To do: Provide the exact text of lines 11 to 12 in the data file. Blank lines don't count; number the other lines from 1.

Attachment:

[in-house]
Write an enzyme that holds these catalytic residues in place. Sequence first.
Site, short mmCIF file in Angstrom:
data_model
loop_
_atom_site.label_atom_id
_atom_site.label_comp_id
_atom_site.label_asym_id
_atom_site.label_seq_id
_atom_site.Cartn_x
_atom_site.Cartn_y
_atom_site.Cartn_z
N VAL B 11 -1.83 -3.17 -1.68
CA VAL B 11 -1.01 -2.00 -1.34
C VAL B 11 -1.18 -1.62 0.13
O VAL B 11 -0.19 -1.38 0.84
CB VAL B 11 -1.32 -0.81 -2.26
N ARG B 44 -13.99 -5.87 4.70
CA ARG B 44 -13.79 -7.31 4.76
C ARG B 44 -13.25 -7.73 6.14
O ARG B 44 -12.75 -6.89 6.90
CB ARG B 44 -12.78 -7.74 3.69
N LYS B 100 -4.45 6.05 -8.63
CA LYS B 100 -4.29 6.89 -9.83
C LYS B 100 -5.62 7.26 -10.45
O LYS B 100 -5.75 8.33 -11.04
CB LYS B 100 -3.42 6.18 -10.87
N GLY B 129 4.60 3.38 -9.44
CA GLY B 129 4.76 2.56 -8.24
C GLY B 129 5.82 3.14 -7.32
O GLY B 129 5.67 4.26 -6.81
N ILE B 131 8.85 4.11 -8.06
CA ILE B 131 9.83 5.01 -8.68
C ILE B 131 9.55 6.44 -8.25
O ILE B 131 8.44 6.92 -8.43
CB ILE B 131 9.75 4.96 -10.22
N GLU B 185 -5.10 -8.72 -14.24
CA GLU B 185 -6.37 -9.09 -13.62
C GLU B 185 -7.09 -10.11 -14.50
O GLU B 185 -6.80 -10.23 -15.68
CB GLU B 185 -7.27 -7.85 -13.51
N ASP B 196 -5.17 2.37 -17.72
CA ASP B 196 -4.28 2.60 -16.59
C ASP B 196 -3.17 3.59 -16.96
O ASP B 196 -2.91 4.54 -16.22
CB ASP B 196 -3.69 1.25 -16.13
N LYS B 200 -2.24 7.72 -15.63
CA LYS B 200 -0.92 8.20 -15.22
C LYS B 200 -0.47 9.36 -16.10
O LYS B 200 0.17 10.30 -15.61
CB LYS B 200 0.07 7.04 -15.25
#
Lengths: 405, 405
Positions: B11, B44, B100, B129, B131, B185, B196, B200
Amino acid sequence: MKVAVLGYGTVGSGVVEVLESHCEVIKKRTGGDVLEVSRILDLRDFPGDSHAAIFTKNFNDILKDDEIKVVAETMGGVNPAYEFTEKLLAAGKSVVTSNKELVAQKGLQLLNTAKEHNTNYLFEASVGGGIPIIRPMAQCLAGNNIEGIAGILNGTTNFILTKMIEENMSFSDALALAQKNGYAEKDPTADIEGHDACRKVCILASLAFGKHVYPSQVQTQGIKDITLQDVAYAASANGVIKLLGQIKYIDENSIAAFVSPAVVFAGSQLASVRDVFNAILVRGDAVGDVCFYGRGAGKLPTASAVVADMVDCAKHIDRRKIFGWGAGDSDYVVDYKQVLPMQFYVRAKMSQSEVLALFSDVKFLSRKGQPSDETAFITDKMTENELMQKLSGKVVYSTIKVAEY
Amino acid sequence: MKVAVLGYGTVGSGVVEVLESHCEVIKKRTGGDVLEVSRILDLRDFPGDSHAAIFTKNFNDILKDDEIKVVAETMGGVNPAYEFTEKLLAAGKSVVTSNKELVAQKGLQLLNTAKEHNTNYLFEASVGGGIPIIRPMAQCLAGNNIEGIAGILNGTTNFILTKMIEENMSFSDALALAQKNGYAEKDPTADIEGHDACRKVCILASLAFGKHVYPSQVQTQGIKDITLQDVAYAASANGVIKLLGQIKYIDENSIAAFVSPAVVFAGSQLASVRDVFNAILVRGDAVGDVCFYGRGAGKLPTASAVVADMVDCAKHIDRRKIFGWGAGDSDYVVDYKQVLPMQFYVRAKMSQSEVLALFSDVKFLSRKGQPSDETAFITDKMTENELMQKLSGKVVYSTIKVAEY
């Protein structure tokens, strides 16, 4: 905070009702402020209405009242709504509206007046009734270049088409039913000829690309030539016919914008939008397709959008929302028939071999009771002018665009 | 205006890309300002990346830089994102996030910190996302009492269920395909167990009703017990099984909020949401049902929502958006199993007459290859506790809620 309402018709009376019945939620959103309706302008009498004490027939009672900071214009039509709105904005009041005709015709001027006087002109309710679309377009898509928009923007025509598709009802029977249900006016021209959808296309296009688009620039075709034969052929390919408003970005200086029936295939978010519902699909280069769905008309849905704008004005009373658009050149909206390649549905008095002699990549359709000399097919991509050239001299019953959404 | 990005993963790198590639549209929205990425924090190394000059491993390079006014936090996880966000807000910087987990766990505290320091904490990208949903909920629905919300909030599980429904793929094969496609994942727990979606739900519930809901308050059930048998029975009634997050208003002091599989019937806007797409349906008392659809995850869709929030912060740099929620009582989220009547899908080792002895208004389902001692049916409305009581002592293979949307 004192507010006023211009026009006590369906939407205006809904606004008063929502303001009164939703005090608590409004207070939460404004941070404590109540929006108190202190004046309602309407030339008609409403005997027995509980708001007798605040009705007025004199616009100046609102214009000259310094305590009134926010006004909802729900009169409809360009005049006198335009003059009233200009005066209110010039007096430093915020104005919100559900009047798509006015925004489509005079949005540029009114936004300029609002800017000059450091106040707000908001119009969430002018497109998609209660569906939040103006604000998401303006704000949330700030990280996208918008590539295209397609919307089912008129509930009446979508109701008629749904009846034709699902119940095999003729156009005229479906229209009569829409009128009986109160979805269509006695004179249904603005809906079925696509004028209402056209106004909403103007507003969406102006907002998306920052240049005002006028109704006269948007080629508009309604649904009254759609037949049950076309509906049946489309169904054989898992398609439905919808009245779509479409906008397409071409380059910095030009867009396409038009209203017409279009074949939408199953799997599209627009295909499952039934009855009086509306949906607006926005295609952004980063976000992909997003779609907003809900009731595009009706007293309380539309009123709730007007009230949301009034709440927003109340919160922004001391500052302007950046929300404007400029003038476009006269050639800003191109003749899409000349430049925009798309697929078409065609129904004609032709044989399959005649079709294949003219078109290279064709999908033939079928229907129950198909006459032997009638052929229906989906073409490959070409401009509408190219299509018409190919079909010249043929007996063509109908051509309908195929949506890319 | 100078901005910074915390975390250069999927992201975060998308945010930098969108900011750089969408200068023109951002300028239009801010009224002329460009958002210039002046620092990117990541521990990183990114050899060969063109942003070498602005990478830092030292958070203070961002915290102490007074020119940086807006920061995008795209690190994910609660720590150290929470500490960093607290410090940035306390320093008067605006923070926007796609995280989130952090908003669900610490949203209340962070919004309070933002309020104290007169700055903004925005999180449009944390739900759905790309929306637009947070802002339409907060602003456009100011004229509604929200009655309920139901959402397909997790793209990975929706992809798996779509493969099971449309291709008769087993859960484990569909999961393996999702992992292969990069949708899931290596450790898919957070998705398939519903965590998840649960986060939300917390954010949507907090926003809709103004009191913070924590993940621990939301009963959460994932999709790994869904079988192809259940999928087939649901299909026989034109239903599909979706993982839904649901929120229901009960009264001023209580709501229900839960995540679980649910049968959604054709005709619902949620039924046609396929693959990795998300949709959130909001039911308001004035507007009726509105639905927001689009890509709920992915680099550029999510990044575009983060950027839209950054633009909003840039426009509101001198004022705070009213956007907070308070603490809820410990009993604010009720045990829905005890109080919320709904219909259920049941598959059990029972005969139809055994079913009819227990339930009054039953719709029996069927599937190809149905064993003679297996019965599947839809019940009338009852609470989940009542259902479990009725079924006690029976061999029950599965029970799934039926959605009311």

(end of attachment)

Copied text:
_atom_site.Cartn_y
_atom_site.Cartn_z